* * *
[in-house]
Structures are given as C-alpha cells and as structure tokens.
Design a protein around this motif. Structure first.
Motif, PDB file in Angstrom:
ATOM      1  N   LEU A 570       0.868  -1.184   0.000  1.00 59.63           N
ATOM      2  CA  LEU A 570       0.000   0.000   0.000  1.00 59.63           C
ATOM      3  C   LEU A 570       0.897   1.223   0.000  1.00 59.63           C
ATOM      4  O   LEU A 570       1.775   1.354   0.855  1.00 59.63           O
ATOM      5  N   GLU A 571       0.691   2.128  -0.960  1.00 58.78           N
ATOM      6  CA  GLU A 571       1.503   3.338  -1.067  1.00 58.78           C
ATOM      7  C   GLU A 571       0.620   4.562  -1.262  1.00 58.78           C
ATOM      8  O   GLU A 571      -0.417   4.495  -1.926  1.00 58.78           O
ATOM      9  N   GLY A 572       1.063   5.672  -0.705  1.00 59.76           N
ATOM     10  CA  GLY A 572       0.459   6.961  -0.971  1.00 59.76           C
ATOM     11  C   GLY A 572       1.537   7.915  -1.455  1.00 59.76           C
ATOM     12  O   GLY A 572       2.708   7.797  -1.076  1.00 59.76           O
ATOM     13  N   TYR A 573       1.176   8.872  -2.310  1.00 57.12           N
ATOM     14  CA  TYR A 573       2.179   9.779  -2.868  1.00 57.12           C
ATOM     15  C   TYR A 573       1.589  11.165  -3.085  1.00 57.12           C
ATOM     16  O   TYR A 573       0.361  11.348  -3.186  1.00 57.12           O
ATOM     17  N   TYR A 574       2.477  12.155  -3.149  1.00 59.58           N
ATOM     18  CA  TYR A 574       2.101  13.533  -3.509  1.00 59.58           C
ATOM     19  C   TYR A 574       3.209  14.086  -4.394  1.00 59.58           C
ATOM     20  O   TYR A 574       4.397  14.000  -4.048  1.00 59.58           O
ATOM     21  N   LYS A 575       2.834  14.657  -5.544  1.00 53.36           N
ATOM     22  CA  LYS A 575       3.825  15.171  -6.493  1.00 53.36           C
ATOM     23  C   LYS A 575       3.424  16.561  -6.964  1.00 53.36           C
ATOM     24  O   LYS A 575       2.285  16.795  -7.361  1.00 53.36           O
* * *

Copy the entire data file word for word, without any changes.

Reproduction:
[in-house]
Structures are given as C-alpha cells and as structure tokens.
Design a protein around this motif. Structure first.
Motif, PDB file in Angstrom:
ATOM      1  N   LEU A 570       0.868  -1.184   0.000  1.00 59.63           N
ATOM      2  CA  LEU A 570       0.000   0.000   0.000  1.00 59.63           C
ATOM      3  C   LEU A 570       0.897   1.223   0.000  1.00 59.63           C
ATOM      4  O   LEU A 570       1.775   1.354   0.855  1.00 59.63           O
ATOM      5  N   GLU A 571       0.691   2.128  -0.960  1.00 58.78           N
ATOM      6  CA  GLU A 571       1.503   3.338  -1.067  1.00 58.78           C
ATOM      7  C   GLU A 571       0.620   4.562  -1.262  1.00 58.78           C
ATOM      8  O   GLU A 571      -0.417   4.495  -1.926  1.00 58.78           O
ATOM      9  N   GLY A 572       1.063   5.672  -0.705  1.00 59.76           N
ATOM     10  CA  GLY A 572       0.459   6.961  -0.971  1.00 59.76           C
ATOM     11  C   GLY A 572       1.537   7.915  -1.455  1.00 59.76           C
ATOM     12  O   GLY A 572       2.708   7.797  -1.076  1.00 59.76           O
ATOM     13  N   TYR A 573       1.176   8.872  -2.310  1.00 57.12           N
ATOM     14  CA  TYR A 573       2.179   9.779  -2.868  1.00 57.12           C
ATOM     15  C   TYR A 573       1.589  11.165  -3.085  1.00 57.12           C
ATOM     16  O   TYR A 573       0.361  11.348  -3.186  1.00 57.12           O
ATOM     17  N   TYR A 574       2.477  12.155  -3.149  1.00 59.58           N
ATOM     18  CA  TYR A 574       2.101  13.533  -3.509  1.00 59.58           C
ATOM     19  C   TYR A 574       3.209  14.086  -4.394  1.00 59.58           C
ATOM     20  O   TYR A 574       4.397  14.000  -4.048  1.00 59.58           O
ATOM     21  N   LYS A 575       2.834  14.657  -5.544  1.00 53.36           N
ATOM     22  CA  LYS A 575       3.825  15.171  -6.493  1.00 53.36           C
ATOM     23  C   LYS A 575       3.424  16.561  -6.964  1.00 53.36           C
ATOM     24  O   LYS A 575       2.285  16.795  -7.361  1.00 53.36           O